A few years ago when we saw the film The Cats of Mirikitani, my husband and I didn’t imagine we’d ever get to meet the artist Jimmy Mirikitani featured in the film, although we wanted to. Well, thanks to a film screening of The Cats of Mirikitani at the Wing Luke Museum of the Asian Pacific American Experience on June 28th, we had the honor of finally meeting Mr. Mirikitani who recently turned 92 years old. Jimmy flashed his signature peace sign to remind us to “make art, not war,” serenaded us with a song in Japanese, and captured our hearts with his gentle smile and kind eyes.
We were also able to thank The Cats of Mirikitani director Linda Hattendorf and producer Masa Yoshikawa and hear their personal stories (like that Ms. Hattendorf still resides in the same apartment shown in the film – who isn’t curious about New York apartment stories, right?). During the Q&A, my husband shared with the audience members that his father was born in Manzanar and was therefore deeply moved by this film, and in turn artist Roger Shimomura also opened up to us about his family’s internment camp story.
The Cats of Mirikitani is important on so many levels. It’s important for the Asian American community to have not just a presence in films but a strong voice and point-of-view. It’s important for people to support lower-budget films and the independent spirit. It’s important for those of us who grew up in Asian families where our parents and grandparents didn’t want to speak about their painful pasts to see and hear stories that help us to better understand the complicated layers behind our family stories from their perspective.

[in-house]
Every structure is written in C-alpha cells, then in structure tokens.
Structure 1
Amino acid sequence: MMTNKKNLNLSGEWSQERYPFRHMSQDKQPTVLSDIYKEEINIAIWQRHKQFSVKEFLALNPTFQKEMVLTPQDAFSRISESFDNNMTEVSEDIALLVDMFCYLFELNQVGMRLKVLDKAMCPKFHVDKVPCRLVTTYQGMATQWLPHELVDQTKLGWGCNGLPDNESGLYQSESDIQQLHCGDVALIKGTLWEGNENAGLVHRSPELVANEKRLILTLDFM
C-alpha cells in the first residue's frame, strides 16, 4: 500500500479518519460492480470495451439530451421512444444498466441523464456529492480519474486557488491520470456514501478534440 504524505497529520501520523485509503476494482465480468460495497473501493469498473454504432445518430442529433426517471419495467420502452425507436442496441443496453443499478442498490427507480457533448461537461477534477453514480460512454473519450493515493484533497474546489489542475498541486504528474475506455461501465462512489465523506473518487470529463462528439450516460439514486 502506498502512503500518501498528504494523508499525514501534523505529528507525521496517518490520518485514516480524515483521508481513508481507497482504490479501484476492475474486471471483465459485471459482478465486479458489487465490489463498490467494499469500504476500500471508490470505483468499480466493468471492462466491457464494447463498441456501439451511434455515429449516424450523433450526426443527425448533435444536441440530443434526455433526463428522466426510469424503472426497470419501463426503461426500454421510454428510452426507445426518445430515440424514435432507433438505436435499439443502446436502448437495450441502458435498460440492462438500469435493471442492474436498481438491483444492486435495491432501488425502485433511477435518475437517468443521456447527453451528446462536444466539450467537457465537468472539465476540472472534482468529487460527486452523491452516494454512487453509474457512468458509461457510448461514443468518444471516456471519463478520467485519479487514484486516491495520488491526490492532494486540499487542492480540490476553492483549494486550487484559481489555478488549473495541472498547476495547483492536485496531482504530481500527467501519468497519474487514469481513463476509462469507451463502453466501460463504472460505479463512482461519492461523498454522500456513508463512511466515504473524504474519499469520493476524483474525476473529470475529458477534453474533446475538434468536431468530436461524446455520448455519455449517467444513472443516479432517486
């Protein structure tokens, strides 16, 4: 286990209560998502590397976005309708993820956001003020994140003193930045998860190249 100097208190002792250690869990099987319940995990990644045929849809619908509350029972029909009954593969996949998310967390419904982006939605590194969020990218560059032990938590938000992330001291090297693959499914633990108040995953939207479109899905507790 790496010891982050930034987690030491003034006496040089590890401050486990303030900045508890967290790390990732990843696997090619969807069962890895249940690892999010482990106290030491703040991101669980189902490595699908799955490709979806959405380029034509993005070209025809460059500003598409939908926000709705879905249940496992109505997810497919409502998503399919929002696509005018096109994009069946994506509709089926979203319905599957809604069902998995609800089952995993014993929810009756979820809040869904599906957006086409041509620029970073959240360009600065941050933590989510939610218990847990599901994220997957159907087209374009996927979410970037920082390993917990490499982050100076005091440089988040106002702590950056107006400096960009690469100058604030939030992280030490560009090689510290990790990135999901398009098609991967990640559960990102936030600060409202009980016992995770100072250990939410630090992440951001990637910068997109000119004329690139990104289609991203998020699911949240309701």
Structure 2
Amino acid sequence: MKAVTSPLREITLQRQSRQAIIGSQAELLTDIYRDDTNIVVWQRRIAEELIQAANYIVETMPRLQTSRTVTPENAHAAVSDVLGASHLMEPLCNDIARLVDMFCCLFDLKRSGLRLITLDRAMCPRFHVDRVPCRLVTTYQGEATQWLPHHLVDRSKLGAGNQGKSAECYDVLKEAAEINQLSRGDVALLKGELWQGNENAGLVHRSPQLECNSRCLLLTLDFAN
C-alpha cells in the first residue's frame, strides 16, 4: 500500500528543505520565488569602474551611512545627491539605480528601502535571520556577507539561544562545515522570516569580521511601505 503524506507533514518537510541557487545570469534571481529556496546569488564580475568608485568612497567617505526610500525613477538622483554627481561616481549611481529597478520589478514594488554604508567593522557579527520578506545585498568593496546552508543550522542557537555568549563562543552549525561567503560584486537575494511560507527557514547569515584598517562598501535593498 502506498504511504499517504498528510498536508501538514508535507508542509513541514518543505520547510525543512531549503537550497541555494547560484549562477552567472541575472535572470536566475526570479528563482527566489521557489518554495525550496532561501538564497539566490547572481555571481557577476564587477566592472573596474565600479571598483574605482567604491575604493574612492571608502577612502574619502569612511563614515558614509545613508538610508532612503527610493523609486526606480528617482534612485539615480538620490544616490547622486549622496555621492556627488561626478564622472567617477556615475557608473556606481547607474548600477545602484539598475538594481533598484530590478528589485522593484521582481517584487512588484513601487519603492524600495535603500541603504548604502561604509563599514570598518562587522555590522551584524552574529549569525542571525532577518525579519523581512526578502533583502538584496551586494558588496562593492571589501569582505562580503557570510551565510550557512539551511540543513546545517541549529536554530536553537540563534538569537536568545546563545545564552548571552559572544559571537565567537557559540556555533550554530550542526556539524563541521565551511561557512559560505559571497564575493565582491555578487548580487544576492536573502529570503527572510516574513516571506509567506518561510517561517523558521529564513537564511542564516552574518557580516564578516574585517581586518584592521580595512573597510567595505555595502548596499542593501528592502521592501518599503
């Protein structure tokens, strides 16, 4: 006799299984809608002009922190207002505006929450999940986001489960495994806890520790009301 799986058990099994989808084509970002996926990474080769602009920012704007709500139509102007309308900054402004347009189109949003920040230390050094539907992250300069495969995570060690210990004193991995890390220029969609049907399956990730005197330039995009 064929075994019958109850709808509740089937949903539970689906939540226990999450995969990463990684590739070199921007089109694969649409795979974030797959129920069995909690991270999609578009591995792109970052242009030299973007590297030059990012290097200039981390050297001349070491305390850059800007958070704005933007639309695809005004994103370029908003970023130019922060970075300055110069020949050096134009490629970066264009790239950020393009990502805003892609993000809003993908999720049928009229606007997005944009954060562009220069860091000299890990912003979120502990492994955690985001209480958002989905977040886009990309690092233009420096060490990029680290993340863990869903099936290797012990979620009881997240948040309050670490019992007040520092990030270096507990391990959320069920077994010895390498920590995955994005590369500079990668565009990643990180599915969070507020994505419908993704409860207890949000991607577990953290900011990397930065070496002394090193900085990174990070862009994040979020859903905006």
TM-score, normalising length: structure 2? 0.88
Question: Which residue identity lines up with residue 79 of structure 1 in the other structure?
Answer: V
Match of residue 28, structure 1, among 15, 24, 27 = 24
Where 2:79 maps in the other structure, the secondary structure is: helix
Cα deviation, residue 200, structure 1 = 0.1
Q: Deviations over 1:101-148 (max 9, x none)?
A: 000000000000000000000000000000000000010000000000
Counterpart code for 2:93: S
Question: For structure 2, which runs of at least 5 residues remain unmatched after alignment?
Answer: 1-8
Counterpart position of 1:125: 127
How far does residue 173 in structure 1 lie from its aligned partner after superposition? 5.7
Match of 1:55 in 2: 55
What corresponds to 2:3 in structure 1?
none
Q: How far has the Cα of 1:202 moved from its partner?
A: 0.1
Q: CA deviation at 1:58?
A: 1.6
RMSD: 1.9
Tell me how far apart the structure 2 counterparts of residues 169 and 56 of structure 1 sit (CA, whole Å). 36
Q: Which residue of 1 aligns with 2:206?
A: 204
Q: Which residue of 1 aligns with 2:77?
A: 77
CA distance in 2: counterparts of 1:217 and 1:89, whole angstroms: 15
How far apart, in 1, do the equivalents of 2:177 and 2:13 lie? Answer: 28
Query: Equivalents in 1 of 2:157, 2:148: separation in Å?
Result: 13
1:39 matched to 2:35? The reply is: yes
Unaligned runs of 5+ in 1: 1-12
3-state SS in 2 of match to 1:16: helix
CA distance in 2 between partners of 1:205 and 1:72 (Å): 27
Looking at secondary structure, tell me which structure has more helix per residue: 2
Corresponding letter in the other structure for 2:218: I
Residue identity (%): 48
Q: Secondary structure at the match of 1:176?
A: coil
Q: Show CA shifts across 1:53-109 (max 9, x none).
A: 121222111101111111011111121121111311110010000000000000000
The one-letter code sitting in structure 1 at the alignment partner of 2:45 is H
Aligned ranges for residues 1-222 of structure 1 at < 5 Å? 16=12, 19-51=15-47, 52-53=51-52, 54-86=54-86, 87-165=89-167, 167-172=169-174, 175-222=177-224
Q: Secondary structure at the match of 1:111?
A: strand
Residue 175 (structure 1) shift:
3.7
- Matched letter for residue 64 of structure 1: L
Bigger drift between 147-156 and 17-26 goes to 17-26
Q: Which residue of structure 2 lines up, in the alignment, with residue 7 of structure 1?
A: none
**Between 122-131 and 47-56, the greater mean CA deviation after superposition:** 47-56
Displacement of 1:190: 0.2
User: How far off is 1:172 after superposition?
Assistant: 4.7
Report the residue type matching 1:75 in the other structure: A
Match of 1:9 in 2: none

And most of all, to me, The Cats of Mirkitani is a powerful example of human connection. Director Linda Hattendorf changed Jimmy Mirikitani and his family’s lives; he in turn changed hers. But what if she had just walked past him thinking he was just another homeless New York street artist? His story is so rich, yet we would never have been enriched by it if she just went about her business like most people do. This film gives me the hope and desire for us to all connect with each other more, to help each other more without expectations, to facilitate positive change in each others’ lives, to be less exclusionary, to be less disparaging, to not look down on homelessness, to find empowerment and give each other strength stemming from hurtful events, and to be more open, loving and connected.
Thank you Jimmy, Linda, Masa, and film crew for sharing this important story. Thank you Wing Luke Museum for giving us a place where we can come together to share, celebrate, learn, and connect. For more photos of Jimmy Mirikitani at Wing Luke Museum (non-amateur like mine), see these from PhotoMura Images.